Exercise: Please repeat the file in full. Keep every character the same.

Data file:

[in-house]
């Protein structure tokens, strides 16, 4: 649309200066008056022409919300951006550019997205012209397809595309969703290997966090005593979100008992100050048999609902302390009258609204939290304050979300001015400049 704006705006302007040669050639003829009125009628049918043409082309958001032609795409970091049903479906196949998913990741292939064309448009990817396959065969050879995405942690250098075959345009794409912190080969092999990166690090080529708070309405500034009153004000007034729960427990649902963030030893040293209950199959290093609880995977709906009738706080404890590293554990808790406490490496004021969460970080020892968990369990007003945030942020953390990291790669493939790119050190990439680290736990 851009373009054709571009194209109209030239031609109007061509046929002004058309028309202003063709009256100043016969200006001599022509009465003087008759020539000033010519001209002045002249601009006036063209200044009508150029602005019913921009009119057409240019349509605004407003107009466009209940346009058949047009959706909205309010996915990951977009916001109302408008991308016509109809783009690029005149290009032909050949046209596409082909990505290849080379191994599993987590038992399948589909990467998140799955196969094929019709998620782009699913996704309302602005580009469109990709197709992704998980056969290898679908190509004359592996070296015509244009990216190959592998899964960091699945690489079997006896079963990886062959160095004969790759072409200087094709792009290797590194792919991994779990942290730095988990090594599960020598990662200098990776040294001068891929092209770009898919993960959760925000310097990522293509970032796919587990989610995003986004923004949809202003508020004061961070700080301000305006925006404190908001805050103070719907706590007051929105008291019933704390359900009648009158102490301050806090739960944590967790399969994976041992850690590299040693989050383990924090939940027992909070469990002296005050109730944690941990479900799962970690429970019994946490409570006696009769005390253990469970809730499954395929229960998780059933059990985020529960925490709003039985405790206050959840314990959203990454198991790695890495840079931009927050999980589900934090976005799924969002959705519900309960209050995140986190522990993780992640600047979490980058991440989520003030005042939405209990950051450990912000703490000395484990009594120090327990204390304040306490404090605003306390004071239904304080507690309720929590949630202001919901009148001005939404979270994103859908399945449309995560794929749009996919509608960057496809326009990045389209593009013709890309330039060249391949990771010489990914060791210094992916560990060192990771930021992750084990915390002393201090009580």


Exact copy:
[in-house]
């Protein structure tokens, strides 16, 4: 649309200066008056022409919300951006550019997205012209397809595309969703290997966090005593979100008992100050048999609902302390009258609204939290304050979300001015400049 704006705006302007040669050639003829009125009628049918043409082309958001032609795409970091049903479906196949998913990741292939064309448009990817396959065969050879995405942690250098075959345009794409912190080969092999990166690090080529708070309405500034009153004000007034729960427990649902963030030893040293209950199959290093609880995977709906009738706080404890590293554990808790406490490496004021969460970080020892968990369990007003945030942020953390990291790669493939790119050190990439680290736990 851009373009054709571009194209109209030239031609109007061509046929002004058309028309202003063709009256100043016969200006001599022509009465003087008759020539000033010519001209002045002249601009006036063209200044009508150029602005019913921009009119057409240019349509605004407003107009466009209940346009058949047009959706909205309010996915990951977009916001109302408008991308016509109809783009690029005149290009032909050949046209596409082909990505290849080379191994599993987590038992399948589909990467998140799955196969094929019709998620782009699913996704309302602005580009469109990709197709992704998980056969290898679908190509004359592996070296015509244009990216190959592998899964960091699945690489079997006896079963990886062959160095004969790759072409200087094709792009290797590194792919991994779990942290730095988990090594599960020598990662200098990776040294001068891929092209770009898919993960959760925000310097990522293509970032796919587990989610995003986004923004949809202003508020004061961070700080301000305006925006404190908001805050103070719907706590007051929105008291019933704390359900009648009158102490301050806090739960944590967790399969994976041992850690590299040693989050383990924090939940027992909070469990002296005050109730944690941990479900799962970690429970019994946490409570006696009769005390253990469970809730499954395929229960998780059933059990985020529960925490709003039985405790206050959840314990959203990454198991790695890495840079931009927050999980589900934090976005799924969002959705519900309960209050995140986190522990993780992640600047979490980058991440989520003030005042939405209990950051450990912000703490000395484990009594120090327990204390304040306490404090605003306390004071239904304080507690309720929590949630202001919901009148001005939404979270994103859908399945449309995560794929749009996919509608960057496809326009990045389209593009013709890309330039060249391949990771010489990914060791210094992916560990060192990771930021992750084990915390002393201090009580």